DR 086: How to Spy on Your Own Investment Portfolio

Recently I’ve started receiving the Morningstar Portfolio Monitor. It’s a monthly pdf that Morningstar puts together for premium members who track their portfolio using Morningstar’s Portfolio Manager. Simply put, it’s an amazing look into an investment portfolio.

In this article we’ll walk through a detailed review of the Portfolio Monitor (including screenshots). At the end I’ll also provide an update to the Grow Your Dough Throwdown (a stock investing competition between a few of us personal finance bloggers), and an update of my LendingClub and Prosper experiment.

Listen to the podcast of today’s article

Morningstar’s Portfolio Monitor

The Portfolio Monitor is a pdf report that Morningstar sends out monthly. The report is generated from your portfolio entered into Morningstar’s Portfolio Manager. The report covers an incredible amount of detailed information about your investments.

Portfolio Performance

To start, Morningstar gives you a snapshot of your investment performance. Here’s mine from the June report:

Portfolio Performance

As you can see, I’ve just started tracking my current portfolio in Morningstar. As it has more timed data, the performance figures will be available for longer periods.

Top Gainers and Losers

The report also gives you a snapshot of your top 5 winners and losers for the month. Fortunately, I only had 4 “losers” last month:

Top Gainers and Losers

Projected Performance

You’ll also get projects of future account balances out 5, 10, 15 and 30 years. There are three projections for each time period based on probabilities ranging from 25 o 75%. It’s an easy way to get a guesstimate of future investment growth.

X-Ray Overview

The X-Ray tool gives you an inside look into a portfolio of mutual funds and ETFs. It first breaks down your asset allocation based on actual holdings of the funds you own (including how much cash they hold). It then provides the style boxes for both equities and bond holdings. These style boxes show your the market cap and value vs. growth of equities, and duration and interest rate sensitivity of bonds.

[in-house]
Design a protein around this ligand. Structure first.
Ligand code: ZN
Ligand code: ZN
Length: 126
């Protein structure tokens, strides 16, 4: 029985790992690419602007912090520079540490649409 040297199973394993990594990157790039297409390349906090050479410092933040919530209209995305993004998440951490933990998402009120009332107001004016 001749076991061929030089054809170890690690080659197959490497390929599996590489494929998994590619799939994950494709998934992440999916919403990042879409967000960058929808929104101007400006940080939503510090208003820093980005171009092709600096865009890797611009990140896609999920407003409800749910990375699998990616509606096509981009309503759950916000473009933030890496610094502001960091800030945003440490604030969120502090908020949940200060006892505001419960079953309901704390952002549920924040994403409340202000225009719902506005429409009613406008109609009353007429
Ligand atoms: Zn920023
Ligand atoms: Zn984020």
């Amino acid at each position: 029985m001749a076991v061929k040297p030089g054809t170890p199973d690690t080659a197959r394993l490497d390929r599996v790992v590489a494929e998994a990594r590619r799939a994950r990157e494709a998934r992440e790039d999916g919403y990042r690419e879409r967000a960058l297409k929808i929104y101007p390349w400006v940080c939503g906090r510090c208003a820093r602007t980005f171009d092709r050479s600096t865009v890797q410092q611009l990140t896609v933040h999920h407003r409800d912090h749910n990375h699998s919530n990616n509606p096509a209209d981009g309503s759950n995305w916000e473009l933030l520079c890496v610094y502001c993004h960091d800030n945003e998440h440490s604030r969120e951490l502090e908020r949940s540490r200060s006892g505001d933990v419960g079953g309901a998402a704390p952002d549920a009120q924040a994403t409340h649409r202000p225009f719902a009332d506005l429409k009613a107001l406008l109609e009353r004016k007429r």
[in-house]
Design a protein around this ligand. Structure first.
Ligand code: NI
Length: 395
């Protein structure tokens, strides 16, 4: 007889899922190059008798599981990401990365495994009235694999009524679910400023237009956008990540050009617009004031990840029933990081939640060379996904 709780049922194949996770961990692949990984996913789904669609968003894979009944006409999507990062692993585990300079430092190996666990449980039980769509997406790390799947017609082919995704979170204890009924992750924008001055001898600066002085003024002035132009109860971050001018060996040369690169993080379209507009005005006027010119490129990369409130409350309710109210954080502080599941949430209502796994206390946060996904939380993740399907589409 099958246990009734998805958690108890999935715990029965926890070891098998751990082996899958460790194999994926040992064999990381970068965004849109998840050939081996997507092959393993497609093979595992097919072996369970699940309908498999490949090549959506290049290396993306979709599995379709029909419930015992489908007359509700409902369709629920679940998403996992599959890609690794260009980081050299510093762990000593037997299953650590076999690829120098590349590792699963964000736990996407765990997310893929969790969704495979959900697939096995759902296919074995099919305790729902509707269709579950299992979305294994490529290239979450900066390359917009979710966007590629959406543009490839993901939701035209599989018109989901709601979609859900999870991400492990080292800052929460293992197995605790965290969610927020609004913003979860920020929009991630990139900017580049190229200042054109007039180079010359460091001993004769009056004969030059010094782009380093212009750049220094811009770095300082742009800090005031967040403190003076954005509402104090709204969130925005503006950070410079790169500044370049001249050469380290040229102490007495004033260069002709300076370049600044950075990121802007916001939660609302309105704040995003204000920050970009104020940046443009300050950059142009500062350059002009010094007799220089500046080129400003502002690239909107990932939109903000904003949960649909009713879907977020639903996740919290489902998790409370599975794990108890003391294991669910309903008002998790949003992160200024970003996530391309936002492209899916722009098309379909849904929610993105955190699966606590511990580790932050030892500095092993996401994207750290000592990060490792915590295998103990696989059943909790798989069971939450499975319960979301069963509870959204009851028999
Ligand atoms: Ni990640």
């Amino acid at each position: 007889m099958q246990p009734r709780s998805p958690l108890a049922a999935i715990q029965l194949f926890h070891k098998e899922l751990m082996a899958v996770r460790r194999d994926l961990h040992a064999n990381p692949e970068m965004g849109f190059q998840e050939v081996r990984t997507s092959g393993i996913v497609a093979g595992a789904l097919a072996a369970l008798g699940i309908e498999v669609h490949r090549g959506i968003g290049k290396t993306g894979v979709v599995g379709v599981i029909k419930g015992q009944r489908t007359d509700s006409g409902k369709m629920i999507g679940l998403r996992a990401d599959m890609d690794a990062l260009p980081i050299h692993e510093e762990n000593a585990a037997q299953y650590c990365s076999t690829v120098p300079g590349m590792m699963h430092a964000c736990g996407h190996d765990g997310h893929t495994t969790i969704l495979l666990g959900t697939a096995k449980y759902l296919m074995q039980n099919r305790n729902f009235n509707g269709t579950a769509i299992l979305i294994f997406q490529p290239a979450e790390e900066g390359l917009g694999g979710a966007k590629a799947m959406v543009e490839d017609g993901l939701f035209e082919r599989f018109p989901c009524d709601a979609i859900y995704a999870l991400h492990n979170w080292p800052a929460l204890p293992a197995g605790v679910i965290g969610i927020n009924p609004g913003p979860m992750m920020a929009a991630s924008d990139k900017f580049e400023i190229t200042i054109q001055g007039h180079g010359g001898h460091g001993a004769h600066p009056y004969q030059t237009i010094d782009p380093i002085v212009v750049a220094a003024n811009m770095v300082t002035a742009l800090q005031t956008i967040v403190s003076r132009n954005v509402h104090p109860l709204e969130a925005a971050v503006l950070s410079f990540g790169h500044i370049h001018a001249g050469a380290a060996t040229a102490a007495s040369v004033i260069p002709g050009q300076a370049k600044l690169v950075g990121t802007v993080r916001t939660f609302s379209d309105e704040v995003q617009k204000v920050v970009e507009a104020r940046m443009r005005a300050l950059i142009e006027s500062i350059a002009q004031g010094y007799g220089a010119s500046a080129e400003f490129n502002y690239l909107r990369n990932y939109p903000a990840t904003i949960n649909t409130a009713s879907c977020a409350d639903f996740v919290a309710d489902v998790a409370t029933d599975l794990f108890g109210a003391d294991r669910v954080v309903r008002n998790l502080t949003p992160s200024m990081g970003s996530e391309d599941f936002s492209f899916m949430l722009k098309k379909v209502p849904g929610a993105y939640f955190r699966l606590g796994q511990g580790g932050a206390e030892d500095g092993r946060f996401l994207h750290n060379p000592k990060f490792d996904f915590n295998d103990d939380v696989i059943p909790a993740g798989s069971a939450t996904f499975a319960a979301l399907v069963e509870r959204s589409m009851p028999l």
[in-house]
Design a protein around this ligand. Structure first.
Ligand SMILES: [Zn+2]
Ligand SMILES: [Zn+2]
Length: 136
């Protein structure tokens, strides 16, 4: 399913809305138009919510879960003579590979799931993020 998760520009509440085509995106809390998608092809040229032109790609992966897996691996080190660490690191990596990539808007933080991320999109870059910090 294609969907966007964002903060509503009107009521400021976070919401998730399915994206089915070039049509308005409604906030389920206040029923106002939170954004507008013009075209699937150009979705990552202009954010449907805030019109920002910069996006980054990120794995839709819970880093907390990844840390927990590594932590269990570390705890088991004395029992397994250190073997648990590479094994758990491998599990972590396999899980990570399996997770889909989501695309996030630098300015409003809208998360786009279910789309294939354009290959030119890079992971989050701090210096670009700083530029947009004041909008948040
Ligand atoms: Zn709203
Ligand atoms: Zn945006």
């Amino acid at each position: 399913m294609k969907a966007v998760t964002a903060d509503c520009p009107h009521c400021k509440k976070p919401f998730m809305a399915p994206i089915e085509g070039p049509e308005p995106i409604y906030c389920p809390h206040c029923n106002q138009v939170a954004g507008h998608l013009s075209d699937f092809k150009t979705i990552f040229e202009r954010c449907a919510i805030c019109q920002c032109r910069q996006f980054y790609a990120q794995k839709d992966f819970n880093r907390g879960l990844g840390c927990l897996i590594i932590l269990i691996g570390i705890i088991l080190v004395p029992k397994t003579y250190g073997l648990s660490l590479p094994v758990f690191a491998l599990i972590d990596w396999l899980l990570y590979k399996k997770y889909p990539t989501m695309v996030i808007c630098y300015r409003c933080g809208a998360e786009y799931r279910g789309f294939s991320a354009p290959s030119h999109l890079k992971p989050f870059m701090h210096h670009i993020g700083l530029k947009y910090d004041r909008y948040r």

X-Ray Overview

Sector Weighting

This section shows your asset allocation be sector (e.g., financials, real estate, healthcare, etc.) and compares your allocation to the S&P 500:

Sector Weighting

Stock Statistics and Fees

The final section is arguably the most important. It shows you your expense ratio across all of your investments, valuation metrics such as P/E, and performance metrics such as ROA (Return on Assets) and ROE (Return on Equity). It shows you your yield and geographic allocation of your investments.

Stock Statistics

You can get more details of this tool from Morningstar.

Grow Your Dough Updated

In January a group of personal finance bloggers began a friendly investing competition. We each have invested $1,000 in whatever we choose and are comparing returns over the course of the year. My selections were simple: Apple (1 share, pre split), AT&T (8 shares), and Tesla (1 share).

I purchased these share though an account with OptionsXpress. I chose this broker because its prices are low and they offer a $100 bonus. I had been leading the competition until this month. Phil from PTmoney has now taken the lead! Here’s the leaderboard:

Blogger
Value
Phil Taylor (PTMoney.com)$1,258.51
Rob Berger (Dough Roller)$1,226.22
Miranda Marquit (Planting Money Seeds)$1,113.90
Joe Saul-Sehy (Stacking Benjamins)$1,095.00
John (Frugal Rules)$1,069.13
LaTisha Styles (Young Finances)$1,067.95
Tom Drake (Canadian Finance Blog)$1,061.41
The Military Guide$1,015.00
Investor Junkie$1,012.29
Luke Landes (Consumerism Commentary)$1,000.16

LendingClub vs. Prosper Experiment

LendingClub Value June 2014Finally, a quick update on my Lendingclub vs. Prosper experiment. At the start of the year I invested $1,000 in each P2P platform. I’ve set up automatic investments into moderately risky loan portfolios. The results have been decent, but not extraordinary.

LendingClub is leading the results with a return of about 4.5% through six months. My account at Prosper has earned about 2.5%. Given the risk of P2P loans, I consider the LendingClub returns to be reasonable, but not Prosper. Of course, with just $1,000 in each my ability to diversify is limited.

You can visit LendingClub or Prosper if you’d like to invest or borrow from either platform.

Published or Updated: July 10, 2014
About Rob Berger

Rob founded the Dough Roller in 2007. A litigation attorney in the securities industry, he lives in Northern Virginia with his wife, their two teenagers, and the family mascot, a shih tzu named Sophie.

Comments

  1. Ankit says:

    Price for Morningstar tool and restrictions on number of portfolios or stock in each portfolio.

    • Rob Berger says:

      Ankit, the cost depends on how you pay, but for a premium membership it’s about $25 a month. As for restrictions on the number of portfolios and stocks in each portfolio, I’m not aware of any. There may be restrictions, but I’ve never reached them!

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